Etheridge Presses Ahead

May 20, 2002
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HOLLAND — At a time when chief executives were pulling back capital spending, Ted Etheridge took the other road.

And why not. Despite the slumping economy, Steketee-Van Huis Printing and Packaging was experiencing its best year ever in 2001 and customers were asking for more. So Steketee-Van Huis pushed forward with a $2.5 million investment in a new seven-unit printer and related equipment that expands the company’s high-end printing capacity.

Sitting idle and pulling back capital investments during the recession, Etheridge said, was something he and the company simply couldn’t do, preferring instead to use the period to “expand business and put in the latest and greatest technology.”

“We want to do what our customers want us to do. We want to build a base to serve them over the next 10 years,” said Etheridge, a veteran of the commercial and packaging printing industry who bought Steketee-Van Huis with a partner in April 1999. He serves as the company’s chief executive officer.

“The customer is the source of all prosperity. If we don’t take care of them, we don’t have business,” he said.

Steketee-Van Huis has been in a growth and expansion mode since Etheridge bought the company with partner Bill Ockerlund. They have made more than $5 million in capital improvements in three years and have grown revenues by about 10 percent annually. Steketee-Van Huis posted 2001 sales of about $20 million and is nearing a goal of generating 30 percent of annual revenues from high-end printing, Etheridge said.

The 52-year-old Etheridge has spent most of his life in the printing business.

He followed his grandfather and his father into the family business, The Etheridge Co., after graduating in 1972 from Hope College with a degree in business administration. His original intent was to go to work for an advertising firm.

His grandfather changed all that when he asked him to join the company, then a small commercial printer in Grand Rapids with about 15 employees that was “a little behind the pack” in terms of capability.

“I didn’t know enough at the time to say ‘No,’” said Etheridge, whose grandfather, Dan, started him off in the shop, where he spent the next two years learning how to operate every piece of equipment the company had.

Looking back, Etheridge calls the experience the “best thing he ever did for me,” because it taught him the business from the bottom up.

That lesson led to a quick succession, as Etheridge’s father and grandfather turned over operations of the company to him in the mid-1970s.

By the late 1980s, he was ready to build on his success, although a hard lesson awaited. He sold The Etheridge Co. in 1989 to a British firm, the Wace Group, which he then joined as head of its American division, Wace USA. Their aim was to acquire other smaller commercial printers to create a larger company that could handle the national marketplace for commercial printing.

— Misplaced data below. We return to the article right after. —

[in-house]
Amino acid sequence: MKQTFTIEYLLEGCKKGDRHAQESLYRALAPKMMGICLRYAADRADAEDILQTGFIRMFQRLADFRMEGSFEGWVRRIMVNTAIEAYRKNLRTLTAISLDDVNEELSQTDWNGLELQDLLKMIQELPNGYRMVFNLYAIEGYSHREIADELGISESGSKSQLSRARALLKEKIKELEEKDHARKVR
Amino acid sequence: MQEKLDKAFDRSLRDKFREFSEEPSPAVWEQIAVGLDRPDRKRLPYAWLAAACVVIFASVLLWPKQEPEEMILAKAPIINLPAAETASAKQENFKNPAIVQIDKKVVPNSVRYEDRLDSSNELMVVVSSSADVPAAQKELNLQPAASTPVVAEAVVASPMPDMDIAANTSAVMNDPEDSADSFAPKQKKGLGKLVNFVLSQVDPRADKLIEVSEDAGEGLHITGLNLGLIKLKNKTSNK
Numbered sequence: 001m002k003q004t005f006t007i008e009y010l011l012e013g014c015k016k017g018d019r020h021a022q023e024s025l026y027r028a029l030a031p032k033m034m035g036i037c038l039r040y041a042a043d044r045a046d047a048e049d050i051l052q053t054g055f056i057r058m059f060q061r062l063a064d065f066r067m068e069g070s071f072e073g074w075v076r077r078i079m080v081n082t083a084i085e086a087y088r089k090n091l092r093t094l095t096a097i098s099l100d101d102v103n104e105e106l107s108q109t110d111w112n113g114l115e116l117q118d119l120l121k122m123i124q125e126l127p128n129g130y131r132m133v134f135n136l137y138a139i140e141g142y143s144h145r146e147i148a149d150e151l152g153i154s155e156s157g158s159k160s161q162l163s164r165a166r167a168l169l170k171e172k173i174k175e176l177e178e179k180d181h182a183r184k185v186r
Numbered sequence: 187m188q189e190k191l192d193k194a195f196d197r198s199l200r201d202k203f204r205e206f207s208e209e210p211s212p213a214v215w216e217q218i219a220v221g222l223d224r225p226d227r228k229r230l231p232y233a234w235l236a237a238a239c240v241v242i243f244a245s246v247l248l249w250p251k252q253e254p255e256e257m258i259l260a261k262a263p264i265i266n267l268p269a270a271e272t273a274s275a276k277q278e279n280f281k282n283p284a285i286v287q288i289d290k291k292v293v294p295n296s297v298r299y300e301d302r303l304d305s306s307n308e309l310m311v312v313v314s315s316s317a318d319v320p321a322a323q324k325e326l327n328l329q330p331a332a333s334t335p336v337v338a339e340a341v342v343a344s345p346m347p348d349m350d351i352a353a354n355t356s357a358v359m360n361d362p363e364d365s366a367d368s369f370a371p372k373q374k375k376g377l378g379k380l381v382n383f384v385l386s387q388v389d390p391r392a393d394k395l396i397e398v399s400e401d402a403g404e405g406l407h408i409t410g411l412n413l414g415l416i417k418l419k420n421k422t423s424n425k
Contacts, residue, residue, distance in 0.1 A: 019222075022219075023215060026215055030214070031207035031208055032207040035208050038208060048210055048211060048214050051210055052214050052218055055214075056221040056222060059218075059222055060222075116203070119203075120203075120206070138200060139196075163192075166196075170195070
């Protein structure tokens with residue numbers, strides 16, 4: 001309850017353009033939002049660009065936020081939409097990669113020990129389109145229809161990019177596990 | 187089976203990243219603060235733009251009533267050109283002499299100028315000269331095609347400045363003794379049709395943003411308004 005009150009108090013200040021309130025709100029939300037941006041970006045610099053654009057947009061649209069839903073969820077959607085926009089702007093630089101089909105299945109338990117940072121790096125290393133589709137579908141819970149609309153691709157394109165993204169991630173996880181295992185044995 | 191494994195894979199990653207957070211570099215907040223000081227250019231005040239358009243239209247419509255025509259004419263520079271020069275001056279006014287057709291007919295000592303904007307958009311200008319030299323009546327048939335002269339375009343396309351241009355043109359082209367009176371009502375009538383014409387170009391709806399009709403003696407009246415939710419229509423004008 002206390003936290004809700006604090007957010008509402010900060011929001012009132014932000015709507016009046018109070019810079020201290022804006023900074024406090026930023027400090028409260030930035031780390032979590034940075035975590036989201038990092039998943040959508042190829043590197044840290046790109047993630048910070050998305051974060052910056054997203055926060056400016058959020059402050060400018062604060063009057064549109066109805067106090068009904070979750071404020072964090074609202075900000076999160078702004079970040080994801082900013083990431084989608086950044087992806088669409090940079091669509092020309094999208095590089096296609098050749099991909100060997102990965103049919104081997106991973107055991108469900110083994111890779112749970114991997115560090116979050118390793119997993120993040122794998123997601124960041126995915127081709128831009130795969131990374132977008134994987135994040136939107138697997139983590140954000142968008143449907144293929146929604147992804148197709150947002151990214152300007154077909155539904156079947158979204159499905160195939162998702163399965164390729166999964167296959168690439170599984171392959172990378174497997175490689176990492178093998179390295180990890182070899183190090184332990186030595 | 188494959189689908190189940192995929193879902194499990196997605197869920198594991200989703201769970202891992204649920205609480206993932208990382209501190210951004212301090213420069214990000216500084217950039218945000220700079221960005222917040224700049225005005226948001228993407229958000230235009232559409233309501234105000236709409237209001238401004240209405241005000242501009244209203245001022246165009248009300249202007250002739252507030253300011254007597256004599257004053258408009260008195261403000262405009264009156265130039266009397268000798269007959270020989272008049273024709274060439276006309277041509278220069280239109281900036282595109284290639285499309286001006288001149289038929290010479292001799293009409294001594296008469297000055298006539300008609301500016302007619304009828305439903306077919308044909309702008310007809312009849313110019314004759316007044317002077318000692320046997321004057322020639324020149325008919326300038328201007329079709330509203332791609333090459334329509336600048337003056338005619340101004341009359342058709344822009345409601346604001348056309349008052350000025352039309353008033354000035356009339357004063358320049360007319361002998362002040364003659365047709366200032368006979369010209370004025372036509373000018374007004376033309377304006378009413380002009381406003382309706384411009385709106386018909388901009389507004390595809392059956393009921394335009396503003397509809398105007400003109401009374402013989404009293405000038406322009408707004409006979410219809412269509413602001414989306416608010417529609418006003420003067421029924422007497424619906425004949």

When Wace sold its worldwide printing operations to a Houston, Texas, company in 1997, it voided a no-compete clause that Etheridge had signed at the time of the original sale. This freed him to pursue other options in the industry — something he had wanted to do for some time.

“My whole business philosophy was different from theirs, but I had a contract,” said Etheridge, who planned to take the name The Etheridge Co. with him and start a new printing company.

He couldn’t, because during that time the Wace Group trademarked the name and sold it to the Houston firm with its printing operations. He learned of the deal when he went to form his new company.

“I got a lesson in big business,” said Etheridge, who opted to join Ockerlund and look for other opportunities.

He initially spent a year in Waukegan, Ill., working for a printing company owned by Ockerlund’s uncle doing marketing work for high-end printing and helping to build a new facility.

In 1998, he met up with Bob Kapenga, a co-owner of Steketee-Van Huis with partners Denny Brewer and Mike Elms. The partners were planning for the transition of the business.

After a period of getting to know each other, and concluding that their business philosophies were similar, they reached a sales agreement in March 1999. As part of the deal, Kapenga, Elms and Brewer agreed to stay on for three years.

at The Etheridge Co. who have joined Steketee-Van Huis and “made a difference” for the company.

Etheridge said the allure of the printing business for him stems from the mix of fine craftsmanship, manufacturing expertise and business savvy it requires in creating and producing a new packaging design for a customer’s product.

“We have to create something that’s not really been seen. Correctly executed, it’s just a wonderful thing,” he said. “I get a kick out of it.”            BJ

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